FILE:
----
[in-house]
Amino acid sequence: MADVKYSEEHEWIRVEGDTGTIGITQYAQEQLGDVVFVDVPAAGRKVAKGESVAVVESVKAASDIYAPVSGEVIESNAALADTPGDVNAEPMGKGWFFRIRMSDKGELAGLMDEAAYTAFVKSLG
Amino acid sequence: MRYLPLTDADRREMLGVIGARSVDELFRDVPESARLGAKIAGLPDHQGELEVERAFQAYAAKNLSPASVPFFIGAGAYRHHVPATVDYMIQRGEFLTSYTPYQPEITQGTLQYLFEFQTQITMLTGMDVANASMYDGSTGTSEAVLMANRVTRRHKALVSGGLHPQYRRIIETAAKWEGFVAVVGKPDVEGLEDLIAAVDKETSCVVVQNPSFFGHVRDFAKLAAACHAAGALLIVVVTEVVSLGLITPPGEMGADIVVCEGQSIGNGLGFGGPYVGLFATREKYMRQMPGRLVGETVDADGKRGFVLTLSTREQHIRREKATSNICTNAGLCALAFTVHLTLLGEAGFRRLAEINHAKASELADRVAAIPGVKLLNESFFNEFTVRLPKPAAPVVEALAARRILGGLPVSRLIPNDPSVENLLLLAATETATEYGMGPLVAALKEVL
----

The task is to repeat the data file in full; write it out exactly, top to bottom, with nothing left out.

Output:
[in-house]
Amino acid sequence: MADVKYSEEHEWIRVEGDTGTIGITQYAQEQLGDVVFVDVPAAGRKVAKGESVAVVESVKAASDIYAPVSGEVIESNAALADTPGDVNAEPMGKGWFFRIRMSDKGELAGLMDEAAYTAFVKSLG
Amino acid sequence: MRYLPLTDADRREMLGVIGARSVDELFRDVPESARLGAKIAGLPDHQGELEVERAFQAYAAKNLSPASVPFFIGAGAYRHHVPATVDYMIQRGEFLTSYTPYQPEITQGTLQYLFEFQTQITMLTGMDVANASMYDGSTGTSEAVLMANRVTRRHKALVSGGLHPQYRRIIETAAKWEGFVAVVGKPDVEGLEDLIAAVDKETSCVVVQNPSFFGHVRDFAKLAAACHAAGALLIVVVTEVVSLGLITPPGEMGADIVVCEGQSIGNGLGFGGPYVGLFATREKYMRQMPGRLVGETVDADGKRGFVLTLSTREQHIRREKATSNICTNAGLCALAFTVHLTLLGEAGFRRLAEINHAKASELADRVAAIPGVKLLNESFFNEFTVRLPKPAAPVVEALAARRILGGLPVSRLIPNDPSVENLLLLAATETATEYGMGPLVAALKEVL